Wannamaker Nature Preserve

Columbia Audubon Society owns and manages the Wannamaker Nature Preserve in Calhoun County near St. Matthews. It contains flood plain, bluff, and higher areas. It is not open for general visitation. Each year there are several Wannamaker Work Days. We have adopted a section of South Carolina Highway 6 beside the preserve and schedule regular trash pickups. There are a large number of invasive alien plants on the preserve, and we also schedule regular invasive removals. Columbia Audubon and other groups also have field trips to the preserve.

Social Networks

The Internet has changed the communication patterns of birding dramatically over the past decade. We now have a Facebook page: Columbia Audubon Society. If you're on Facebook, find us and like us.

Participating in Field Events
Field events are held outside! Be prepared. It is possible to find mosquitos any month of the year. [Actually they find you!] Ticks and chiggers may also be encountered. Insect repellent is advised, especially during the warmer months. Bring food and water as appropriate. Meals may or may not be part of an activity. Binoculars and field guides are essential for serious bird study but not for more casual enjoyment. Dress for the weather. Long pants and sturdy walking shoes are appropriate for most trips.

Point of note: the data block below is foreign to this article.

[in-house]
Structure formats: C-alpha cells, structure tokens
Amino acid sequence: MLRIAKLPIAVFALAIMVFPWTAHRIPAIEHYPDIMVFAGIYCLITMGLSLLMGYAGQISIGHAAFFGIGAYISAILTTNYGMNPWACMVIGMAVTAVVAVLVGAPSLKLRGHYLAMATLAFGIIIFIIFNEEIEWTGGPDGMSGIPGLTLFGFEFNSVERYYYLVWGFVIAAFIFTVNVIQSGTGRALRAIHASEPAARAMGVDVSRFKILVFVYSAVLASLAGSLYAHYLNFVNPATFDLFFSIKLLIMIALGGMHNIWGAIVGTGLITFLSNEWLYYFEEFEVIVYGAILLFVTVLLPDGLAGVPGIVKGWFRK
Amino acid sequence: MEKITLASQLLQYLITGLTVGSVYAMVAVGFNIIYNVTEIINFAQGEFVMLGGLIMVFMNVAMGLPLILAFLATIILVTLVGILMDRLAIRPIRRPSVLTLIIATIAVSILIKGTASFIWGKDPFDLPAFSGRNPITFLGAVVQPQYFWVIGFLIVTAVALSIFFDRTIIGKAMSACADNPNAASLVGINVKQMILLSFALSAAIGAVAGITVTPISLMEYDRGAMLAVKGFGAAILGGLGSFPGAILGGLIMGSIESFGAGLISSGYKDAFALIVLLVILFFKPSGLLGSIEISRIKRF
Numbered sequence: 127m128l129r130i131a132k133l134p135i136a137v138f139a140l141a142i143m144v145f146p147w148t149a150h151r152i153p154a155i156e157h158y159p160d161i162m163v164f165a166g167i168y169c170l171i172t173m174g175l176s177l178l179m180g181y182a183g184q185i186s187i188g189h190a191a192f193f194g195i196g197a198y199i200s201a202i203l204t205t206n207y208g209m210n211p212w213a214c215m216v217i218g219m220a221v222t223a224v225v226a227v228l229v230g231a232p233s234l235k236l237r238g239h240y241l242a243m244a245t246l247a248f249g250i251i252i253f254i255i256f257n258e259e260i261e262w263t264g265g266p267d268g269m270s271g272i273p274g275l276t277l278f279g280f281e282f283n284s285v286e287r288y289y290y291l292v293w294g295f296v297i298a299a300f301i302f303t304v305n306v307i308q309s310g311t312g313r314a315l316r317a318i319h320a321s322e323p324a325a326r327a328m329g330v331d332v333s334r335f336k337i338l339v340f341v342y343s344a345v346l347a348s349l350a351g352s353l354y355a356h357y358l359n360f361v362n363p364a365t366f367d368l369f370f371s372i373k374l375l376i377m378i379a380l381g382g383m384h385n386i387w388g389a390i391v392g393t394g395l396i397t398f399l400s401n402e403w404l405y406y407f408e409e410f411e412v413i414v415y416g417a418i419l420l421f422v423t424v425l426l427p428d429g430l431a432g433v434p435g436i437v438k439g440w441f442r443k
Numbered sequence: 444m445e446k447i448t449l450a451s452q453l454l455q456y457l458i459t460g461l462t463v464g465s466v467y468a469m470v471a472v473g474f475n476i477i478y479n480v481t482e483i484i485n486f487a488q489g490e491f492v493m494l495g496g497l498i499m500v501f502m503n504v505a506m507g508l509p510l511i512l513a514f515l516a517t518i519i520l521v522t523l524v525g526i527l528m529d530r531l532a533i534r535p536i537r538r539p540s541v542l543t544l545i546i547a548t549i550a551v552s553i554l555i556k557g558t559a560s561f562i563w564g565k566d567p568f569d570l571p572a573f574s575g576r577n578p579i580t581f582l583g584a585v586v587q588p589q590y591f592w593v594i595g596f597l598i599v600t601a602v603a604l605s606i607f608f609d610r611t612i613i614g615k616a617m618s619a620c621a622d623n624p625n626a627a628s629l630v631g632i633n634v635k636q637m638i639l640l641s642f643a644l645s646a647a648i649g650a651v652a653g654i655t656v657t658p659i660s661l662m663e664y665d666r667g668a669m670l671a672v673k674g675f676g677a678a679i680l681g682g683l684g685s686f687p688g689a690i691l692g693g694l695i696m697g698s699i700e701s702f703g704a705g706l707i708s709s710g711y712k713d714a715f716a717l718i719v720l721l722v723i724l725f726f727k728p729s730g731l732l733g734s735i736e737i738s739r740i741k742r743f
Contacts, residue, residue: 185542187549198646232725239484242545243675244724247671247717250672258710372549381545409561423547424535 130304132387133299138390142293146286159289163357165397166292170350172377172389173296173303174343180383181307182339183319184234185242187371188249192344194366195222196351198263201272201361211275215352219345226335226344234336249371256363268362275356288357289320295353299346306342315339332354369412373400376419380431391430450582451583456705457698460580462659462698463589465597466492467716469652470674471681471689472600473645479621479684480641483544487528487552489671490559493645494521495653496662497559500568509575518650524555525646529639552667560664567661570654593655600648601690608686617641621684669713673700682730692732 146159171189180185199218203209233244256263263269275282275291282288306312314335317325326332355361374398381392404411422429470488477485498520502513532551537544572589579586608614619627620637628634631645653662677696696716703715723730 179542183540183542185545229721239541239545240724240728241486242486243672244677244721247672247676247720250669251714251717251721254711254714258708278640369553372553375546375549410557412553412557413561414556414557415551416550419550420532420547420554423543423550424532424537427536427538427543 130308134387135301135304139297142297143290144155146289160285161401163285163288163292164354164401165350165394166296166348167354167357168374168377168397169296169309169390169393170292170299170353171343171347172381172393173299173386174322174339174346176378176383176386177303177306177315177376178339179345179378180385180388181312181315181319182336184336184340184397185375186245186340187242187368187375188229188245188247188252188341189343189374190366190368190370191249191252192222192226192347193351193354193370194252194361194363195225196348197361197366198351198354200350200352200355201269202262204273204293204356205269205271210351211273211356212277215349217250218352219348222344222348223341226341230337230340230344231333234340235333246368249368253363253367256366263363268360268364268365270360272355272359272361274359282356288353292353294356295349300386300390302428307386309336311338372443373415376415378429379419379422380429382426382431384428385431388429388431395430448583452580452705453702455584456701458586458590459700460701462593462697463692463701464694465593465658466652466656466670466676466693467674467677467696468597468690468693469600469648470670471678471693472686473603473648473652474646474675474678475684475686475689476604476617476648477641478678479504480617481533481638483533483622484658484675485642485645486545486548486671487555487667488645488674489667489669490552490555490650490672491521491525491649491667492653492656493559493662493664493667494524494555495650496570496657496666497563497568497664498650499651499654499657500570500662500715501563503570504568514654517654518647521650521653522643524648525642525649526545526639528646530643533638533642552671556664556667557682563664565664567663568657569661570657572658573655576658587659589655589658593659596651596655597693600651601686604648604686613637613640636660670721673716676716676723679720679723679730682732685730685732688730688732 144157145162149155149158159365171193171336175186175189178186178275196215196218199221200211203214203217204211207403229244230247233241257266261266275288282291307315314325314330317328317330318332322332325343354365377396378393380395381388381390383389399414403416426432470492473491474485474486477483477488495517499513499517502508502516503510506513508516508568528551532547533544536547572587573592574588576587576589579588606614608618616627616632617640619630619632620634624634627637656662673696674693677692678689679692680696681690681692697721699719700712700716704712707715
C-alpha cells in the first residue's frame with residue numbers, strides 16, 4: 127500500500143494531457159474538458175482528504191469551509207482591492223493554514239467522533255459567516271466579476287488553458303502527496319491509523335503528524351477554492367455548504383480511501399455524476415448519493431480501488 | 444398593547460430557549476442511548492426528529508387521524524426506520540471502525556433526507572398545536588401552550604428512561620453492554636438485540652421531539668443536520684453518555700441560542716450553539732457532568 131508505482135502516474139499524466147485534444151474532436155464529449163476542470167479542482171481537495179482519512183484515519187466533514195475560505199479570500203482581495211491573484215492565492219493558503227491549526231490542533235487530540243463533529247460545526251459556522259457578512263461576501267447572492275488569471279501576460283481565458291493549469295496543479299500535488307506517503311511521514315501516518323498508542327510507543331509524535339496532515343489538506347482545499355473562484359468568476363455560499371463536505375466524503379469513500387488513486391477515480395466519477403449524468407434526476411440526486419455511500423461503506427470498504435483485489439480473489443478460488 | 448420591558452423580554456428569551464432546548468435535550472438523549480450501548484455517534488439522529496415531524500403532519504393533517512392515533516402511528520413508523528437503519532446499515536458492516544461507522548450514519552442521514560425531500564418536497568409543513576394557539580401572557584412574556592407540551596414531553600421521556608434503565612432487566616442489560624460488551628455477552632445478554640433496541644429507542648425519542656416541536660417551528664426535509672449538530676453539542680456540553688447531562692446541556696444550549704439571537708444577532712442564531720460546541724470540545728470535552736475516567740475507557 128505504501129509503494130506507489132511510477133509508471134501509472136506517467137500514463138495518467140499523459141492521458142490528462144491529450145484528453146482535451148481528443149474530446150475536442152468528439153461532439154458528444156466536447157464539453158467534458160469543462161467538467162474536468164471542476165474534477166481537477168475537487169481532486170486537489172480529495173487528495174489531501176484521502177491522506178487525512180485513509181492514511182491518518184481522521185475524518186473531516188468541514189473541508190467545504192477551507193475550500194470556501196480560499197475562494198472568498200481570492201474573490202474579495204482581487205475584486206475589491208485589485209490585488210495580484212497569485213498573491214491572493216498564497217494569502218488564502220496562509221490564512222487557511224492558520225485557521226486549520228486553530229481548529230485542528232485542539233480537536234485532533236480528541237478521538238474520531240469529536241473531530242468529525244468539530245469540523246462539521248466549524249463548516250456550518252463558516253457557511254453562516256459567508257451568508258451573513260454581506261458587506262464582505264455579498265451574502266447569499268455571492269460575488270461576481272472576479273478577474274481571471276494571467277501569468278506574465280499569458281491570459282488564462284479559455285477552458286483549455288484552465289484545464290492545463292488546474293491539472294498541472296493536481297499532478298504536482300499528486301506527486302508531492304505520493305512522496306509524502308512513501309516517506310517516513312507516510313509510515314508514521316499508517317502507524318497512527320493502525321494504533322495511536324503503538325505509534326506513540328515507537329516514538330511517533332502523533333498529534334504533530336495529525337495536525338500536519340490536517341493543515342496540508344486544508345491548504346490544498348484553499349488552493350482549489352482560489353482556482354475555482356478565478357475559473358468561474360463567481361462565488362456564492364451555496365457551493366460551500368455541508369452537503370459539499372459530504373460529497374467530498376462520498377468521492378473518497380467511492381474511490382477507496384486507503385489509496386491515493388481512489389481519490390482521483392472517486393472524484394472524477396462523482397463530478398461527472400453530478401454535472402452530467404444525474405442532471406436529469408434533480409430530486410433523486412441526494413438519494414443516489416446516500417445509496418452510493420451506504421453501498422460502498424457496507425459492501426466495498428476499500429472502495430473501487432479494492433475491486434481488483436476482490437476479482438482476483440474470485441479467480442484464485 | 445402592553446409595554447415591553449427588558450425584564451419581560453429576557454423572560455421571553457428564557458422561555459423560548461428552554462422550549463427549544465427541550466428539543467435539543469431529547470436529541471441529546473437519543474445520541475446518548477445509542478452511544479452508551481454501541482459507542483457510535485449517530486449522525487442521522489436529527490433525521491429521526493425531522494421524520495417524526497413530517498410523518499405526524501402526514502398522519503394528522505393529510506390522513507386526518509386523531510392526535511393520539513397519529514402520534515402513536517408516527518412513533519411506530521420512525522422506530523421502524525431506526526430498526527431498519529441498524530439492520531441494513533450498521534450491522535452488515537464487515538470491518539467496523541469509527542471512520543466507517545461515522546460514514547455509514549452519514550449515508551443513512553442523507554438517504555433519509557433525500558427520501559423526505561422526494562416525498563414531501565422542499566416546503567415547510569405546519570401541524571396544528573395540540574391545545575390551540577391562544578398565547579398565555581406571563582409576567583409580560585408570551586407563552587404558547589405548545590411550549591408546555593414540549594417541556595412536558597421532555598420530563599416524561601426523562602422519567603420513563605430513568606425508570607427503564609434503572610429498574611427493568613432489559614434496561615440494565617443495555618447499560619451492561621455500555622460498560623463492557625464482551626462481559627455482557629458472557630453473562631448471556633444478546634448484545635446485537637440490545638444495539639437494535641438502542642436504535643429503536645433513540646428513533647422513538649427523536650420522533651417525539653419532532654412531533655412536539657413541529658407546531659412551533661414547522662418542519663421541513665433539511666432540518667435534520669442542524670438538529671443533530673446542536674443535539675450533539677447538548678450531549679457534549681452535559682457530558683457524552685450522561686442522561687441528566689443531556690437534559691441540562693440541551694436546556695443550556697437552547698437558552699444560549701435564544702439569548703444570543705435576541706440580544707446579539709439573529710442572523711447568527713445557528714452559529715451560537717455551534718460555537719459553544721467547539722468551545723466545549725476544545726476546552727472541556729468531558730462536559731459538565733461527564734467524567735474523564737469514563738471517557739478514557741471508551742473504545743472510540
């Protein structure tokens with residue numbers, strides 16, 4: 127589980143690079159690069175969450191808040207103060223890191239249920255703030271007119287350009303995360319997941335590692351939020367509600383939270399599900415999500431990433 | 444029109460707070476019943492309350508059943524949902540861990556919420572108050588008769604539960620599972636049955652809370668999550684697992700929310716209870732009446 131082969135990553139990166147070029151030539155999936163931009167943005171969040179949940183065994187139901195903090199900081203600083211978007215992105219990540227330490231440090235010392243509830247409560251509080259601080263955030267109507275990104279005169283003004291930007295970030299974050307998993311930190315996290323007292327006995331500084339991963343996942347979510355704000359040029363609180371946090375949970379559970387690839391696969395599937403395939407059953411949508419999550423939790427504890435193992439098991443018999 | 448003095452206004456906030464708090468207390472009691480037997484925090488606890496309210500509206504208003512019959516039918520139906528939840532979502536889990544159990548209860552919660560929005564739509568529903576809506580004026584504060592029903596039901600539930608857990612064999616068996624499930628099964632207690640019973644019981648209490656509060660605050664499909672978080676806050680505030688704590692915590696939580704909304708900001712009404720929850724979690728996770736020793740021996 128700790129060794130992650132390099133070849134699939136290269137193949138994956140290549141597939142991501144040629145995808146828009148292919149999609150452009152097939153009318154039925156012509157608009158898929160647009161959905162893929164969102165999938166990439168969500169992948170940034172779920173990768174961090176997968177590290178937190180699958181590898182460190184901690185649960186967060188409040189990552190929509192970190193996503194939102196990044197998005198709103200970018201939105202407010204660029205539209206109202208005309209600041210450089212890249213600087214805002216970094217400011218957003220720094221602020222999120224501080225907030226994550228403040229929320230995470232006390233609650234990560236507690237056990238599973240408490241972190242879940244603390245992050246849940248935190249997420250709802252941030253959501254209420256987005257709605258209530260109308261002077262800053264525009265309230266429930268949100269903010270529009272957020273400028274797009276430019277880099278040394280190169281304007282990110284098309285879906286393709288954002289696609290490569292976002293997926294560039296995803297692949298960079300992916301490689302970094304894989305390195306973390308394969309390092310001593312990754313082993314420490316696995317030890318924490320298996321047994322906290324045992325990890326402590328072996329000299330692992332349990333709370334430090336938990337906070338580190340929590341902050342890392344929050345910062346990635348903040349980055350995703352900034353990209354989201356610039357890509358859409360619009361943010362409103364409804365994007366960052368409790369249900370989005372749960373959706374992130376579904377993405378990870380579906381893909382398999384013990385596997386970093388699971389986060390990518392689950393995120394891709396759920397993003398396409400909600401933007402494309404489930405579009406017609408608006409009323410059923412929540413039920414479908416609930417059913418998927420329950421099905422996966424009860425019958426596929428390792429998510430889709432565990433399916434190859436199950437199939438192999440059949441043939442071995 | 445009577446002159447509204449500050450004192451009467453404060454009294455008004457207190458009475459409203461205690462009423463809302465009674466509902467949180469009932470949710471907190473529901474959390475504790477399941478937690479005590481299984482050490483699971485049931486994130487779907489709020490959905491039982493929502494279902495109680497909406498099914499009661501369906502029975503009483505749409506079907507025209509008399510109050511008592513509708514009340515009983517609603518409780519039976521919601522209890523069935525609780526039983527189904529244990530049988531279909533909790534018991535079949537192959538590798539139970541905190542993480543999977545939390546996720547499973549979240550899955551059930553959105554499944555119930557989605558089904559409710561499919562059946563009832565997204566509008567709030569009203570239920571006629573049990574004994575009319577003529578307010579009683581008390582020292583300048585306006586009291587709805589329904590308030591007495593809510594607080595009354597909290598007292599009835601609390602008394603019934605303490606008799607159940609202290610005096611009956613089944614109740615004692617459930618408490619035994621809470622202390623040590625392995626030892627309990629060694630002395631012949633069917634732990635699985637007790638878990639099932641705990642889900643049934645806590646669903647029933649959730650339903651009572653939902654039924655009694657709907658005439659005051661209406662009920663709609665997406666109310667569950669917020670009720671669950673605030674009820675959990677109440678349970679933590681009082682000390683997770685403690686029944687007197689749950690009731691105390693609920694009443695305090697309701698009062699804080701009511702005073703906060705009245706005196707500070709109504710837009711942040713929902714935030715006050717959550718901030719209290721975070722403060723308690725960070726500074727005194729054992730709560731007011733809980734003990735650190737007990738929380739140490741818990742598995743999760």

Things to Do

May Program Meeting

Tuesday, September 1
Eric Howard -- Wintering Golden Eagles in the Blue Ridge of North Carolina and Virginia

Eric will be sharing imagery and information gathered by researchers working to document movements and land use of Golden Eagles in their southern wintering grounds. 

Eric Harrold is a freelance naturalist, bird guide, and professional falconer living in northwest North Carolina. He has worked on a number of avian projects in the Upper Midwest and Great Plains, and for the past three years, he has worked for the Virginia Natural Heritage Program in the southwest region of the state. In addition to his appreciation for avian species, he also enjoys wildflowers and rare plants, edible mushrooms, trout fishing, and rendering abundant wild fruits into jelly and wines. 

From the Carolina Butterfly Society website: